Ethambutol, a cell wall inhibitor of Mycobacterium tuberculosis, elicits L-glutamate efflux of Corynebacterium glutamicum
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Colleges, School and Institutes
Corynebacterium glutamicum is used for the large-scale production of L-glutamate, but the efflux of this amino acid is poorly understood. This study shows that addition of ethambutol (EMB) to growing cultures of C. glutamicum causes L-glutamate efflux at rates of up to 15 nmol min(-1) (mg dry wt)(-1), whereas in the absence of EMB, no efflux occurs. EMB is used for the treatment of Mycobacterium tuberculosis, and at a molecular level it targets a series of arabinosyltransferases (EmbCAB). The single arabinosyltransferase-encoding emb gene of C. glutamicum was placed under the control of a Tet repressor (TetR). Experiments with this strain, as well as with an emb-overexpressing strain, coupled with biochemical analyses showed that: (i) emb expression was correlated with L-glutamate efflux, (ii) emb overexpression increased EMB resistance, (iii) EMB caused less arabinan deposition in cell wall arabinogalactan, and (iv) EMB caused a reduced content of cell-wall-bound mycolic acids. Thus EMB addition resulted in a marked disordering of the cell envelope, which was also discernible by examining cellular morphology. In order to further characterize the cellular response to EMB addition, genome-wide expression profiling was performed using DNA microarrays. This identified 76 differentially expressed genes, with 18 of them upregulated more than eightfold. Among these were the cell-wall-related genes ftsE and mepA (encoding a secreted metalloprotease); however, genes of central metabolism were largely absent. Given that an altered lipid composition of the plasma membrane of C. glutamicum can result in L-glutamate efflux, we speculate that major structural alterations of the cell envelope are transmitted to the membrane, which in turn activates an export system, perhaps via increased membrane tension.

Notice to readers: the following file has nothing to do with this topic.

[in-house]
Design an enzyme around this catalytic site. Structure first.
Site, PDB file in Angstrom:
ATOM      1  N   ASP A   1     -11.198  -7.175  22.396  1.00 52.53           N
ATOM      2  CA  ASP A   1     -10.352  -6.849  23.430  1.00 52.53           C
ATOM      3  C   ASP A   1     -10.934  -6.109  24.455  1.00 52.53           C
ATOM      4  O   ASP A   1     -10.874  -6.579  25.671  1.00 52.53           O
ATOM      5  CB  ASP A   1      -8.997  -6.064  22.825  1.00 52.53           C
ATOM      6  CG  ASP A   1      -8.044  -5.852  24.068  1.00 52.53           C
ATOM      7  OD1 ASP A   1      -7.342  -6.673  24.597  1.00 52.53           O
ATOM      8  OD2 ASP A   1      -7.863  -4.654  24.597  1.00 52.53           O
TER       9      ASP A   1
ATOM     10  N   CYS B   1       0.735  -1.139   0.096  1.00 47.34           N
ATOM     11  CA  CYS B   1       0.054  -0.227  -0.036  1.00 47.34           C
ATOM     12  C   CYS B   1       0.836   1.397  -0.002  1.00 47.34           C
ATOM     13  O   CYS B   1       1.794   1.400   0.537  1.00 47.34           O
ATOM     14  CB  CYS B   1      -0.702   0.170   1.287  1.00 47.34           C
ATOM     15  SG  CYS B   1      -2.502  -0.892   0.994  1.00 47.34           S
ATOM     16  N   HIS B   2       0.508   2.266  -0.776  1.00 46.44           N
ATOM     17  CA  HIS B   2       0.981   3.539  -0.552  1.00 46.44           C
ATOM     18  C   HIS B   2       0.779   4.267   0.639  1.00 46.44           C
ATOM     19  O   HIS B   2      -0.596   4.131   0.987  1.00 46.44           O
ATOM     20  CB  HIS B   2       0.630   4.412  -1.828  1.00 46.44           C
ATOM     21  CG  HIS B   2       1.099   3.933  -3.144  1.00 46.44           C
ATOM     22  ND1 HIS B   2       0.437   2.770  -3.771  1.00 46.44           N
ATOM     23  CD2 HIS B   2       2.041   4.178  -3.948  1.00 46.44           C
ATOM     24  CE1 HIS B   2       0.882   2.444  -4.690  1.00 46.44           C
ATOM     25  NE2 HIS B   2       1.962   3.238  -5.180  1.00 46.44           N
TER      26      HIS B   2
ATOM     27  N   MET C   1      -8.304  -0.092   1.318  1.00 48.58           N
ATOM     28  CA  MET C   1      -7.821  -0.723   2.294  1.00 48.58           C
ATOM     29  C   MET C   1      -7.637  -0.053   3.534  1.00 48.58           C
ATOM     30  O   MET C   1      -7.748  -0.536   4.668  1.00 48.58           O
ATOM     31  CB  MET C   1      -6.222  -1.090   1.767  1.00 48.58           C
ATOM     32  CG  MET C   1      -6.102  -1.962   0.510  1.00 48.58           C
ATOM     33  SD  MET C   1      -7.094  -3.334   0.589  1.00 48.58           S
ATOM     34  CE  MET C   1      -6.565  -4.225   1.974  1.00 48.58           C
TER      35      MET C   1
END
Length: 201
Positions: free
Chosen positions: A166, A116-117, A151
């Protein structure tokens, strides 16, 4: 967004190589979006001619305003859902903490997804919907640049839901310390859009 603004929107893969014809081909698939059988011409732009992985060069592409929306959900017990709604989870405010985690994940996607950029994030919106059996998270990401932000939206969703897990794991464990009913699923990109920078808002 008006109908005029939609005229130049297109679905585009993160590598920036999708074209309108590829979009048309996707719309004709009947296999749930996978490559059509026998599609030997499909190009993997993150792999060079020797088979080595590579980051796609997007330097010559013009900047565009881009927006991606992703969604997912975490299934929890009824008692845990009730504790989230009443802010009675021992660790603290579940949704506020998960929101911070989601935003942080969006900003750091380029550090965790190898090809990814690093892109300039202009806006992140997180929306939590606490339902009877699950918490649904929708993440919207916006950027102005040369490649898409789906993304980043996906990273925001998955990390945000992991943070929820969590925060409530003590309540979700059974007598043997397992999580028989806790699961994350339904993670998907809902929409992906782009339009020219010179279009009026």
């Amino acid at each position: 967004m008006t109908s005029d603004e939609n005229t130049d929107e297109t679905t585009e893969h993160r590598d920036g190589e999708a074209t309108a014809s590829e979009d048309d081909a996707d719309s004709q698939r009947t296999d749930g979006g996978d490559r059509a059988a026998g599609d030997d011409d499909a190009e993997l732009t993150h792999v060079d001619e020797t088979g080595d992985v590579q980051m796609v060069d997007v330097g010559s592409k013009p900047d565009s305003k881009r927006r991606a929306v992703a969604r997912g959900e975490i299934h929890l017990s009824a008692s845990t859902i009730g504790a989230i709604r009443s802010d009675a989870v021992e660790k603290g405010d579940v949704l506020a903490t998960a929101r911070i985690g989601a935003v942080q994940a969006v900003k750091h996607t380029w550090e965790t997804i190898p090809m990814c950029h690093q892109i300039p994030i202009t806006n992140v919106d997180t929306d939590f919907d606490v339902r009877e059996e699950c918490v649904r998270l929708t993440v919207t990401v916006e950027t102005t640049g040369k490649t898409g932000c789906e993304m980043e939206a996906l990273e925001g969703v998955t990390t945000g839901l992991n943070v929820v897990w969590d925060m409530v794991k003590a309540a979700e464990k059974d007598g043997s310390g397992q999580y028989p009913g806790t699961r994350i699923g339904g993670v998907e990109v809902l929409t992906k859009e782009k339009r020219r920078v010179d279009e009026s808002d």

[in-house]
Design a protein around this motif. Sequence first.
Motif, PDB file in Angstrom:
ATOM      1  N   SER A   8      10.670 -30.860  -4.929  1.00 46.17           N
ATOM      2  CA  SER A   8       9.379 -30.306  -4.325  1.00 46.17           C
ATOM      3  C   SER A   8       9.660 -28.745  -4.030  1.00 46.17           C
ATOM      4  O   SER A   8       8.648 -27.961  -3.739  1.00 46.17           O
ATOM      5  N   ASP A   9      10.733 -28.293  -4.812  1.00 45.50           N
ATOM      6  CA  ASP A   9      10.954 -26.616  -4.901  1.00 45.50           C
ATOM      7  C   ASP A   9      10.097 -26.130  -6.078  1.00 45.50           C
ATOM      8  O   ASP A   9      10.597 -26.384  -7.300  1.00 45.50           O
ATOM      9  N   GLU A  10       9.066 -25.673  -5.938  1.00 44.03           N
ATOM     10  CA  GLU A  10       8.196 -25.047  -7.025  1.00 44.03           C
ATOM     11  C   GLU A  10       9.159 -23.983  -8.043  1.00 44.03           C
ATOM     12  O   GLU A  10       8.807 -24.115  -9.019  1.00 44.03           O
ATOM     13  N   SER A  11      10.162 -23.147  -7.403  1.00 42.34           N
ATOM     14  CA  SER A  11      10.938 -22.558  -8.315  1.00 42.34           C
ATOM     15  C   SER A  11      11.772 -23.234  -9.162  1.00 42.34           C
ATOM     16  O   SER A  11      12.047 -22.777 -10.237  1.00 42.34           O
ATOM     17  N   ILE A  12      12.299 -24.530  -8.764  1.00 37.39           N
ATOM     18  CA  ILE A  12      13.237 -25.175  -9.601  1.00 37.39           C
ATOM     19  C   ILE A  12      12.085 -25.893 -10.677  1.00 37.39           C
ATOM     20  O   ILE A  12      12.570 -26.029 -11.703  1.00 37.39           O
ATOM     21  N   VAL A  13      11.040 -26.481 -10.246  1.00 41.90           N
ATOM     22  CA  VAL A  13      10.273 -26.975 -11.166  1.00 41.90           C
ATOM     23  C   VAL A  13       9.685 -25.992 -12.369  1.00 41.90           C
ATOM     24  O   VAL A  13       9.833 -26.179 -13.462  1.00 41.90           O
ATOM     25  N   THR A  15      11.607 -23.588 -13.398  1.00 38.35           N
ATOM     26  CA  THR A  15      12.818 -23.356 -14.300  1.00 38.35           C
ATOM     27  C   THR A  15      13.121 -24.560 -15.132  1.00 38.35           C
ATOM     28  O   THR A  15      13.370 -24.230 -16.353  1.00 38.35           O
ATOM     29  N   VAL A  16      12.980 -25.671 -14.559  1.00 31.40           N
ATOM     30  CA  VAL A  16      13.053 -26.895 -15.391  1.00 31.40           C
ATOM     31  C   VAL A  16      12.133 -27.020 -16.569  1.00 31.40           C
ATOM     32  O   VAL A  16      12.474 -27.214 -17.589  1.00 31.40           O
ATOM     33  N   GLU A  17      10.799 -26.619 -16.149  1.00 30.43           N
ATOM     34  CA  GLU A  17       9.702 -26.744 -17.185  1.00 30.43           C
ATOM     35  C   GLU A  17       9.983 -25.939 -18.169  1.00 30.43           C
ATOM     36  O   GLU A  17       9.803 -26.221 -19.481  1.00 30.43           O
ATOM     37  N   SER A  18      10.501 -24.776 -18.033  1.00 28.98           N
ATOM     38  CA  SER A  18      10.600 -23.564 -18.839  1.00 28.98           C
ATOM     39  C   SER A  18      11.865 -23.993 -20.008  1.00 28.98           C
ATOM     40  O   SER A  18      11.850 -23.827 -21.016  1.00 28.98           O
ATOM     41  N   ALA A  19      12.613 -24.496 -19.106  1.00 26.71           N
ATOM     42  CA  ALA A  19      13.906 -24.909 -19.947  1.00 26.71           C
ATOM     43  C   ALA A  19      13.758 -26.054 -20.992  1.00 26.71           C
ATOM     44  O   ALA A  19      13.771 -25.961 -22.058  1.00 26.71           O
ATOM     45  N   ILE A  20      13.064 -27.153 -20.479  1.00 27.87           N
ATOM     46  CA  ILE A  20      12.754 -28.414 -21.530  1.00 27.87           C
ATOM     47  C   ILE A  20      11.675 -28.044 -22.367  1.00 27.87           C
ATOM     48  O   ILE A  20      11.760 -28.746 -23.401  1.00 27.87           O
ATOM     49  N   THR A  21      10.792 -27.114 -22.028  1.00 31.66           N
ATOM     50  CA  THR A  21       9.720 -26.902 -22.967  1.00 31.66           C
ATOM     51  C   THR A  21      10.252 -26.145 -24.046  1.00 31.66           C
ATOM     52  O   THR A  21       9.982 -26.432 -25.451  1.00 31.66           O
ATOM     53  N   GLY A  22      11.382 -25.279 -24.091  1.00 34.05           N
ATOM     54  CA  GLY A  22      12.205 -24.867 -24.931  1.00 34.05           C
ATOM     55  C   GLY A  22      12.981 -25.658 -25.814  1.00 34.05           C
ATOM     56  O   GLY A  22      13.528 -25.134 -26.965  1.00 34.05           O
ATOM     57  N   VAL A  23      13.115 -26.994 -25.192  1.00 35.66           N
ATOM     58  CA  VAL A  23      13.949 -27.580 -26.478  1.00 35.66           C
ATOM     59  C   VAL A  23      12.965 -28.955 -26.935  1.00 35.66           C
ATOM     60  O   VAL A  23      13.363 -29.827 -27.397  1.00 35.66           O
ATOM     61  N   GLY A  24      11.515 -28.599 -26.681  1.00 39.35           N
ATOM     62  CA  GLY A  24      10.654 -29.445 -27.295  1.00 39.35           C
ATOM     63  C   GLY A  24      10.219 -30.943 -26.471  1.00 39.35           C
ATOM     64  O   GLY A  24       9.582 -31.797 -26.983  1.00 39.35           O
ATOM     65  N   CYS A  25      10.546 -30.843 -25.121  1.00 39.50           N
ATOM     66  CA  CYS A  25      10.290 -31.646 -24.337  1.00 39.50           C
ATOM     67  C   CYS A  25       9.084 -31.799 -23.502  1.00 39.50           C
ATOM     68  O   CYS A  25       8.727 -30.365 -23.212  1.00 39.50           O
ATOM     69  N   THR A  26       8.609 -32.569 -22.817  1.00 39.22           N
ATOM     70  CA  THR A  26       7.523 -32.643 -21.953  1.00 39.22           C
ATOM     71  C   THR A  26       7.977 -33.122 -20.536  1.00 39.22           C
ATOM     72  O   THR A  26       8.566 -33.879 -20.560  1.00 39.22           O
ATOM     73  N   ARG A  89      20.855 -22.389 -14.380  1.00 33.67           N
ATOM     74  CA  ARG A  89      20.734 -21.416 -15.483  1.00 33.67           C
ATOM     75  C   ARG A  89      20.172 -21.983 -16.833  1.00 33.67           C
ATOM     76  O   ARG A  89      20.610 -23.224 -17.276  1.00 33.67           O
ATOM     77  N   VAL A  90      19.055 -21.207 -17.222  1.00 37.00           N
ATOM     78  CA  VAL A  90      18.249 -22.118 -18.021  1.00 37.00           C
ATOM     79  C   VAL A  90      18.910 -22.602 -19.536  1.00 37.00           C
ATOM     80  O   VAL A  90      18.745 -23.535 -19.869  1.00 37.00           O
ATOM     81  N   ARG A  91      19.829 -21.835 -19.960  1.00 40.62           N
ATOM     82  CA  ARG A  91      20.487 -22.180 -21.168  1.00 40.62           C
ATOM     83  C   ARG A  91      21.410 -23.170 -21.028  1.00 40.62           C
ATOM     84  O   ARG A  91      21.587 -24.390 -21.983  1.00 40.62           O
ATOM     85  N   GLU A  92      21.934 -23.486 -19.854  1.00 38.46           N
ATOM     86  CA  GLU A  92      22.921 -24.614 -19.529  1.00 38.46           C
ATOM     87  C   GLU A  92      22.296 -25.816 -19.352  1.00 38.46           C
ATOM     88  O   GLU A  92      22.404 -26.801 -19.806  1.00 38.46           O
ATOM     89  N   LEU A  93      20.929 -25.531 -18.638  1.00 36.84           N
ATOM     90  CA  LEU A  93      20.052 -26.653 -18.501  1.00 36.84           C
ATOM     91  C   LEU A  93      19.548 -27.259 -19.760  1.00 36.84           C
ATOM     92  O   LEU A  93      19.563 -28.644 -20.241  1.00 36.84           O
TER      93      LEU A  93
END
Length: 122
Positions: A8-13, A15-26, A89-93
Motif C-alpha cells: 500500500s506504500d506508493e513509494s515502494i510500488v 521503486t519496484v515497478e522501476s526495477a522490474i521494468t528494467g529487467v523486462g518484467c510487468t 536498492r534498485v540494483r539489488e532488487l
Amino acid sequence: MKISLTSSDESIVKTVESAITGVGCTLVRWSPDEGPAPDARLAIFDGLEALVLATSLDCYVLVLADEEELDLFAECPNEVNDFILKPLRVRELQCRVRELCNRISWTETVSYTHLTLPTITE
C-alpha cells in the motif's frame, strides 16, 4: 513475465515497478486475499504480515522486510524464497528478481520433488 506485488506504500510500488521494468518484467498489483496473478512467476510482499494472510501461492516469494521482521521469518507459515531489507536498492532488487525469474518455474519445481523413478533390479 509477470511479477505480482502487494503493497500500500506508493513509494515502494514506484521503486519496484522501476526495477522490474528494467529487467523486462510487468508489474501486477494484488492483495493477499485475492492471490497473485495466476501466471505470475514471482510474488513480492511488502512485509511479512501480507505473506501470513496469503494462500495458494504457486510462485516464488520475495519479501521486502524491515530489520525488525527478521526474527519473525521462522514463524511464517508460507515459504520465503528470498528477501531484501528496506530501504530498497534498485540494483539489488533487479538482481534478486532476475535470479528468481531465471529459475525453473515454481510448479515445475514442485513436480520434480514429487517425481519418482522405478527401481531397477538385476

|Number of pages||10|
|Publication status||Published - 1 May 2005|